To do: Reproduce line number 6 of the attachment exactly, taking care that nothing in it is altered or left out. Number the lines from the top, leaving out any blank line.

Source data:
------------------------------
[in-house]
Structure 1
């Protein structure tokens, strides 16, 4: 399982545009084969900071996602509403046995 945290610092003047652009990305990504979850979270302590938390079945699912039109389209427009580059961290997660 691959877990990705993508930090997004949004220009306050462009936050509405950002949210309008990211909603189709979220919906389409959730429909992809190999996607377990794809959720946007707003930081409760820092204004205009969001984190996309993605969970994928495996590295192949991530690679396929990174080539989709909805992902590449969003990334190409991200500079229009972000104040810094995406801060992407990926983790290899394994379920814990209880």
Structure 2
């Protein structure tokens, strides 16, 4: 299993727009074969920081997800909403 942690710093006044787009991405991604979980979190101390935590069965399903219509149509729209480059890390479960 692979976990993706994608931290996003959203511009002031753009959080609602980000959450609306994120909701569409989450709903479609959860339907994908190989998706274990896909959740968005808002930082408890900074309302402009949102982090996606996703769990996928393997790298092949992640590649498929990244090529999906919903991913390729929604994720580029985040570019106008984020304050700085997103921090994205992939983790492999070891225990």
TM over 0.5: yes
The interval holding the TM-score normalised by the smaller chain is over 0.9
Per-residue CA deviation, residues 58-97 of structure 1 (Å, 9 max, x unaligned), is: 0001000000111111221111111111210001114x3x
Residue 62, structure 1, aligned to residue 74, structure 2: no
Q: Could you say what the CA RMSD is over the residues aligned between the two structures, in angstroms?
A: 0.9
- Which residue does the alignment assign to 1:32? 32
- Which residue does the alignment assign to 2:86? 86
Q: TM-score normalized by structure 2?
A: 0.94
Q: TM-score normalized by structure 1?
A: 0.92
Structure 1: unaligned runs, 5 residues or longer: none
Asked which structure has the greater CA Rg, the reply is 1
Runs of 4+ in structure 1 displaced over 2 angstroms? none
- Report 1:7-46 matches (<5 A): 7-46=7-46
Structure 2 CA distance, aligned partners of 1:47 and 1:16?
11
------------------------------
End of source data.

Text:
TM over 0.5: yes